Soaring temperatures turn up the heat on Tour de France peloton: ‘It was a furnace’

Organizers prepare 10,000 liters of water to douse melting tarmac as peloton meets a heatwave in sun-scorched southern France this weeekend.

Photo: Getty Images

Heading out the door? Read this article on the new Outside+ app available now on iOS devices for members! Download the app.

SAINT-ÉTIENNE, France (VN) – The Tour de France peloton woke up to bright blue skies and sizzling sun early Saturday morning as the weekend ushers in a heatwave through southern France.

The Tour’s transition from the Alps to the Pyrénées through the Occitanie region will be met by a heatwave that will melt tarmac and fry the already frazzled bunch as the race heads toward its third week.

Steadily rising temperatures are set to kick up to 40 degrees C (104 degrees F) for stage 14 to Mende on Saturday and again for stage 15 on Sunday.

“The evolution [of the weather] is looking very likely to be a heat wave, with a peak probably between Saturday, July 16 and Tuesday, July 19,” warned Météo-France.

With thermometer-melting mercury on tap for the coming days, teams and organizers are rolling out extra precautions.

Ice socks for rider’s necks and boundless number of salt-laced bidons are being loaded into team cars for two long, lumpy stages through the sun-scorched south.

Jumbo-Visma and Ineos Grenadiers riders have been spotted sheltering under parosols and wearing cooling vests when speaking to the press ahead of stages in recent days.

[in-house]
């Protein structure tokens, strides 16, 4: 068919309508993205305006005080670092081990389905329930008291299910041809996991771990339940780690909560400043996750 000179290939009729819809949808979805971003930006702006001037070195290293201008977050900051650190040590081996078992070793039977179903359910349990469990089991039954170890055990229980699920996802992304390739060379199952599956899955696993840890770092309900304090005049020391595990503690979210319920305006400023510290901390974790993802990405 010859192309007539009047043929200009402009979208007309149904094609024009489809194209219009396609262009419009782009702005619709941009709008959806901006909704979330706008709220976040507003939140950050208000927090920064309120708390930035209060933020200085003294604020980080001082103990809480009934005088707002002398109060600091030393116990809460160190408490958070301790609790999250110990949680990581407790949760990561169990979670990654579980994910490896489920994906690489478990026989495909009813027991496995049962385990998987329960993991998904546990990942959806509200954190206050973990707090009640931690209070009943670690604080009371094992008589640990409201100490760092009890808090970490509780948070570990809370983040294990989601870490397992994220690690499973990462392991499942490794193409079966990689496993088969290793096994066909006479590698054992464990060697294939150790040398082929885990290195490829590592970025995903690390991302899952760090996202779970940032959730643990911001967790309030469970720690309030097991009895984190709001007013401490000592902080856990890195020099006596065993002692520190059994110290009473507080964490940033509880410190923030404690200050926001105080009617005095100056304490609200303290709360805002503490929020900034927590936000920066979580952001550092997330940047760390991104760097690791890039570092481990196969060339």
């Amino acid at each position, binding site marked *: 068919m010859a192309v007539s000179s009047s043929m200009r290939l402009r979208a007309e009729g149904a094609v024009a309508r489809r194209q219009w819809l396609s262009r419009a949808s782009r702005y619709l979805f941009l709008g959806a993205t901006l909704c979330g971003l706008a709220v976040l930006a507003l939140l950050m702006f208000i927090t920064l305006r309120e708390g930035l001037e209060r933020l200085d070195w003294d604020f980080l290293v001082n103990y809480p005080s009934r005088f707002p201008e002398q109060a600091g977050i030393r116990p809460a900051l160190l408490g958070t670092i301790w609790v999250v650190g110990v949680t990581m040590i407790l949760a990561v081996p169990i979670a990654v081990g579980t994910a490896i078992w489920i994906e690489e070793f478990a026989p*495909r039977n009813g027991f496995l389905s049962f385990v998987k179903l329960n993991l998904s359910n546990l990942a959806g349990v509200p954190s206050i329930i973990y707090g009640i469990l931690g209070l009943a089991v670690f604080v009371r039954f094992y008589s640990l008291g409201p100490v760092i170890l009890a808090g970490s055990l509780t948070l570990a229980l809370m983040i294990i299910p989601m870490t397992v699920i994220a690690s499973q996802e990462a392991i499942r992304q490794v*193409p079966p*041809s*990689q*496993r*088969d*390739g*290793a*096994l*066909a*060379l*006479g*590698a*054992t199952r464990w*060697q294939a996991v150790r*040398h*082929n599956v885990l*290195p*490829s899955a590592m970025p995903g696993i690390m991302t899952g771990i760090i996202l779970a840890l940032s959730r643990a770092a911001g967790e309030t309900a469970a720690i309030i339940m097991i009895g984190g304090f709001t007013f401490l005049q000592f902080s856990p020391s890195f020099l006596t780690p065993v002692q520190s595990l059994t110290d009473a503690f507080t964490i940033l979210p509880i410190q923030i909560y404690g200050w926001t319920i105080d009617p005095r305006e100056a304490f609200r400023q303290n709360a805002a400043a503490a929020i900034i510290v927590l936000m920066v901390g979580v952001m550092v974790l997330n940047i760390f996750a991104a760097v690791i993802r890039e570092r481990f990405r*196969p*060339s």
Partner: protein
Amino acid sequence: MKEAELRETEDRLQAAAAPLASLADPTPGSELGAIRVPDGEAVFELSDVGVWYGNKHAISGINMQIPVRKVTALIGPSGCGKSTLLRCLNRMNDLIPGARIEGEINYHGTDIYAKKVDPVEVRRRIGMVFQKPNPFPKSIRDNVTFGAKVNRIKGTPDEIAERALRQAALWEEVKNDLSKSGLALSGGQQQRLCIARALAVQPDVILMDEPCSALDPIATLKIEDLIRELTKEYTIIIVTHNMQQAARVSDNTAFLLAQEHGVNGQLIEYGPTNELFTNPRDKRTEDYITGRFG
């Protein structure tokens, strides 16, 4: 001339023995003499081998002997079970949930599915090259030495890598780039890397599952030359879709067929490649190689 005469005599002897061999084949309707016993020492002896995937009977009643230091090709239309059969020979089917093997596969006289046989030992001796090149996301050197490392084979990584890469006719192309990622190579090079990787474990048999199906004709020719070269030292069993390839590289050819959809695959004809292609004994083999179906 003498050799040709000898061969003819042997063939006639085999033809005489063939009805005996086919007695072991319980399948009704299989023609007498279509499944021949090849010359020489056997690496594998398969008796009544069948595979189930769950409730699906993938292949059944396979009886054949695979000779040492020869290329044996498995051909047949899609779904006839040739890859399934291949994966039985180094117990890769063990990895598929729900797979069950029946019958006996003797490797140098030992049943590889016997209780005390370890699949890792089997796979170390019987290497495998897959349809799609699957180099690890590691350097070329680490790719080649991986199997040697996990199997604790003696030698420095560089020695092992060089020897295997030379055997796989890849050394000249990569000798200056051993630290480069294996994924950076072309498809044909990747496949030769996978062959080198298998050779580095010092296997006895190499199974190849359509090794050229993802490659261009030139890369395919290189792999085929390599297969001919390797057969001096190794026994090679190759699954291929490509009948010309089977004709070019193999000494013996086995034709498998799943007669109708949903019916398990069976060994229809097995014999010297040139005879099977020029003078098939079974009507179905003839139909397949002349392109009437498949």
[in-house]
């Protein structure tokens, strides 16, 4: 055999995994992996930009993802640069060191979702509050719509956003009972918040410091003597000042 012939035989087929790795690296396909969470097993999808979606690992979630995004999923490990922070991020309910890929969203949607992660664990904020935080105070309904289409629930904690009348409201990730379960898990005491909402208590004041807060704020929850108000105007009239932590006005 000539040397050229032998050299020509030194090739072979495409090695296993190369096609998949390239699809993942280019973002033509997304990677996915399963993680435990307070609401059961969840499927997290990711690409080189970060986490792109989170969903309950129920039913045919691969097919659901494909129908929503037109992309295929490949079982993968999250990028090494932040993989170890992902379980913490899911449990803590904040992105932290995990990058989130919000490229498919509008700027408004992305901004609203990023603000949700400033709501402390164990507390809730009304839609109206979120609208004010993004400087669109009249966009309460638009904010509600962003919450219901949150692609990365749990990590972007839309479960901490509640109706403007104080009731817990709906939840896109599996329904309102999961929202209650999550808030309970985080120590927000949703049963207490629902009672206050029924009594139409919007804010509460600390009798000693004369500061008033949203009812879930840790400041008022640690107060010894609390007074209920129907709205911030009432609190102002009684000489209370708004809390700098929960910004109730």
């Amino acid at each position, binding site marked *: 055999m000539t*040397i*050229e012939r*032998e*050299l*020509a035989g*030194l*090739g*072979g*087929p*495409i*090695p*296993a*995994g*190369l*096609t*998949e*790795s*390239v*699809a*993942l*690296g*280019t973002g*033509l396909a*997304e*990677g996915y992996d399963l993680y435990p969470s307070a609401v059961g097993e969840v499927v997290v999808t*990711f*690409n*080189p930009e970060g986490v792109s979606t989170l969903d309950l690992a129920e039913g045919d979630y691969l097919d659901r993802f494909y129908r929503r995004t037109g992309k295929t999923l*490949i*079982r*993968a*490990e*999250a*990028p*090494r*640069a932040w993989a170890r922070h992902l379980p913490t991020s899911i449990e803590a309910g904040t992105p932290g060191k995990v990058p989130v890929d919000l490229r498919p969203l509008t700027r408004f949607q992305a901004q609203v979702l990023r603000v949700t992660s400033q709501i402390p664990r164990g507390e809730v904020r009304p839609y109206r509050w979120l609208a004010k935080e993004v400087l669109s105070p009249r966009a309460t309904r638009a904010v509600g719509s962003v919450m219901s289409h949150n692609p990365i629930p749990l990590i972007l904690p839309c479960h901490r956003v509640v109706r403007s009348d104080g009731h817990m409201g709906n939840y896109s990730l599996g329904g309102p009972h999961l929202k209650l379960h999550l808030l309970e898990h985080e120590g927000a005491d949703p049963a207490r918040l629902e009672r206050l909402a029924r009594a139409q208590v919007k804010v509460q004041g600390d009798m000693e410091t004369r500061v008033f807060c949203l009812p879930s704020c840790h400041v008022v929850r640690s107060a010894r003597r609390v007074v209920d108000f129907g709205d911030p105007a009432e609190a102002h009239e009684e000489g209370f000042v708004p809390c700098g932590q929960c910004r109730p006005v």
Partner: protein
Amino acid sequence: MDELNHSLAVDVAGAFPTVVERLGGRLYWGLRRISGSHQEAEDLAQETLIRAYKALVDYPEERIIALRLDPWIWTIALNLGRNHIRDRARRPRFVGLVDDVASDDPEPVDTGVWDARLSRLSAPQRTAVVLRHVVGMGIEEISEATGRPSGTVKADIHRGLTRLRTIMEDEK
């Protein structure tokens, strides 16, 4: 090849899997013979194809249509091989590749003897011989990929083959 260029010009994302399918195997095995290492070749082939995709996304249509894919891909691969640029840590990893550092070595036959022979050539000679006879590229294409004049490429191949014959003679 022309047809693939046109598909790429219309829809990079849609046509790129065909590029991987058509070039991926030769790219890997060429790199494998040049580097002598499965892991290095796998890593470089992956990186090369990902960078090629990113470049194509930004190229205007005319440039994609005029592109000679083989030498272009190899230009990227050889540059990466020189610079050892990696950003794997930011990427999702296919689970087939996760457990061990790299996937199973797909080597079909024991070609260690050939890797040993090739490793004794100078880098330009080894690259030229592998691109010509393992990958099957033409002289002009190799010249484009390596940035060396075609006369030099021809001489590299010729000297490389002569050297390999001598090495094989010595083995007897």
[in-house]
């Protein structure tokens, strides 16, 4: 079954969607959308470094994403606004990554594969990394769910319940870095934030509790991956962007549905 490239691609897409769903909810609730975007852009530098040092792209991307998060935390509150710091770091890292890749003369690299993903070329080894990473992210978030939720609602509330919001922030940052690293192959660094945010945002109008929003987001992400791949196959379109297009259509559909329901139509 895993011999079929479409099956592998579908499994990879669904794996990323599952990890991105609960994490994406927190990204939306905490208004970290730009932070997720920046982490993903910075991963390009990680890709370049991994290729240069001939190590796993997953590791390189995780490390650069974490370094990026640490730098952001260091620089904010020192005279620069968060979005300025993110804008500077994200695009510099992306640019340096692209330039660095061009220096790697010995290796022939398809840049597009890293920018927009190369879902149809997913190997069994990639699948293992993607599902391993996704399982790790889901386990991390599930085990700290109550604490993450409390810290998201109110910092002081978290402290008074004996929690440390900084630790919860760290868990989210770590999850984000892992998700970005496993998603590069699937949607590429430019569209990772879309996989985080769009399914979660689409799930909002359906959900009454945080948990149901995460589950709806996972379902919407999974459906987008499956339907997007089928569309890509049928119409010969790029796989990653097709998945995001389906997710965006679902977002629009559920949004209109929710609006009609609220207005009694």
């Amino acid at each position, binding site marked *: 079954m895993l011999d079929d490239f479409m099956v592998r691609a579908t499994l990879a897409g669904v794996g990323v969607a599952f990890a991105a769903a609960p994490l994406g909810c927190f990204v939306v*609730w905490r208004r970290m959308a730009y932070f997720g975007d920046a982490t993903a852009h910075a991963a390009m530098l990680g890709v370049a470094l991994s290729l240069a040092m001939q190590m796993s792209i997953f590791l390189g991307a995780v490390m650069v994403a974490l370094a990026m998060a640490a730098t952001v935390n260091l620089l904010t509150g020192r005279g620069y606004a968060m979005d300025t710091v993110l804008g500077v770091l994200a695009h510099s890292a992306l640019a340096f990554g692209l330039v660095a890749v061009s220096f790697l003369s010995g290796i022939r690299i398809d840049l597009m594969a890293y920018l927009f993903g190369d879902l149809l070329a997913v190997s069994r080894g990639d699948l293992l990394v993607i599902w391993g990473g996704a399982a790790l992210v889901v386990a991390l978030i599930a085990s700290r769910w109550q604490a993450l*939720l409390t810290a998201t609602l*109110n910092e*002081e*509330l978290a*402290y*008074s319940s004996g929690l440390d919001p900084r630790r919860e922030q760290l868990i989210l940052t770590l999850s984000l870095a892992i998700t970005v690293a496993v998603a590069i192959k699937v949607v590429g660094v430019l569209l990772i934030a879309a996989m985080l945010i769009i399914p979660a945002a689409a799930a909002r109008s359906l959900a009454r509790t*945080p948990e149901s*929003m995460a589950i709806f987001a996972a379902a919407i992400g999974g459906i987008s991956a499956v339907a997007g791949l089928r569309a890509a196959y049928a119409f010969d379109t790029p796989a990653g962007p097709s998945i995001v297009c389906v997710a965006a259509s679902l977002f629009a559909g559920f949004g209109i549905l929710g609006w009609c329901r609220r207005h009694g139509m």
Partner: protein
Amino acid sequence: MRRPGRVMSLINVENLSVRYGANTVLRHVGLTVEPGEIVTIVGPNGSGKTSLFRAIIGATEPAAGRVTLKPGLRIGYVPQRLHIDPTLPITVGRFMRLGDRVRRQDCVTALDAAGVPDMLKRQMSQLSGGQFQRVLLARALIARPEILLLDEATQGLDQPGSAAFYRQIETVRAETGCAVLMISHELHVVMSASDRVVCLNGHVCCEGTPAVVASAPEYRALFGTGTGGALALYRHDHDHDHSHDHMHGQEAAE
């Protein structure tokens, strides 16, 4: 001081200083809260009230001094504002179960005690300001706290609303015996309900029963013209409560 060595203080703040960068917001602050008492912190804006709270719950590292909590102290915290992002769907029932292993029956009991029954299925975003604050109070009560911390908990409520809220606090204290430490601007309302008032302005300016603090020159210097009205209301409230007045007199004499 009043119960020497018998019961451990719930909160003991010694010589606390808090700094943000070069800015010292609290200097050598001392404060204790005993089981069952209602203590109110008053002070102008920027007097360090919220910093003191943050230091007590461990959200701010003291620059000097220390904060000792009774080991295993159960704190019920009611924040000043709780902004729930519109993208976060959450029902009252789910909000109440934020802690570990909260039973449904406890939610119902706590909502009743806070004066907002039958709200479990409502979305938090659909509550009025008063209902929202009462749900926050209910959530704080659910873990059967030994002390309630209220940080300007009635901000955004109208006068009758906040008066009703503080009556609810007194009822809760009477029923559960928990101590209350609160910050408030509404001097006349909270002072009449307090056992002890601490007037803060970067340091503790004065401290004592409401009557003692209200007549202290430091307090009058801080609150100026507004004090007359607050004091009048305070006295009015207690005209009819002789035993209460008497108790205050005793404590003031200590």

Race organizers are working with local authorities to keep the peloton cool.

“During a heatwave, such as the one we are expecting of over 38 degrees, the road temperature gets much higher than that, around 60 degrees,”  French departments road safety organizer Andre Bancala told AFP.

“The absolute record for heat was in 2010 with a road temperature of 63 degrees when Sylvain Chavanel won in the Jura, but this weekend we may even break that. So we are mobilising between us and the fire brigade to combat that.”

Also read:

Just four days after climate change activists disrupted stage 10 at the start of the week, the growing impact of environmental change on pro cycling – and pro cycling’s impact on the environment – is back in the picture this weekend.

Regional fire authorities will roll out wagons spraying 10,000 liters of water onto the fast-melting tarmac to mitigate greenhouse-like conditions.

“If the road surface is 55 or 60 degrees, and the pedal is only 20 centimeters above that, then the rider is subject to exposure to extreme temperatures,” Bancala said.

Bancala and his crews will navigate a peloton of trucks along the race route shortly ahead of the peloton this weekend. Officials are aiming to douse tarmac 15 minutes ahead of the riders in a window of opportunity that cools conditions but doesn’t leave surfaces sketchy.

Meanwhile, those in the bunch will be picking their moves wisely.

“It was horrible, a furnace,” Thibaut Pinot said after he suffered in the 30-plus degree digits seen on the Col du Granon this week.

Teams out of the GC picture will likely cool jets for when they matter most.

“For me and the whole team almost, we’ll just get through expending as little energy possible until it counts,” Quinn Simmons told VeloNews. “With the heat, everyone’s going to suffer, that’s just how it is.”

If temperatures get out of hand, the extreme weather protocol could come into play.

Until then, the peloton just has to brace for the burn.

“It will be the same for everyone,” Tadej Pogačar said of the heat set for Saturday and Sunday. “You just have to keep your body cool enough. I don’t think anyone likes to race for five hours in the 40 degrees, I don’t even think it’s healthy for us.”

The sun is set to cool slightly when the race reaches the Pyrénées early next week, but the racing will remain red-hot as Pogačar and yellow jersey Jonas Vingegaard resume GC hostilities.

Geraint Thomas came to the media mixed zone in a cooling vest Friday morning.

An American in France

What’s it like to be an American cyclist living in France? Watch to get professional road cyclist Joe Dombrowski’s view.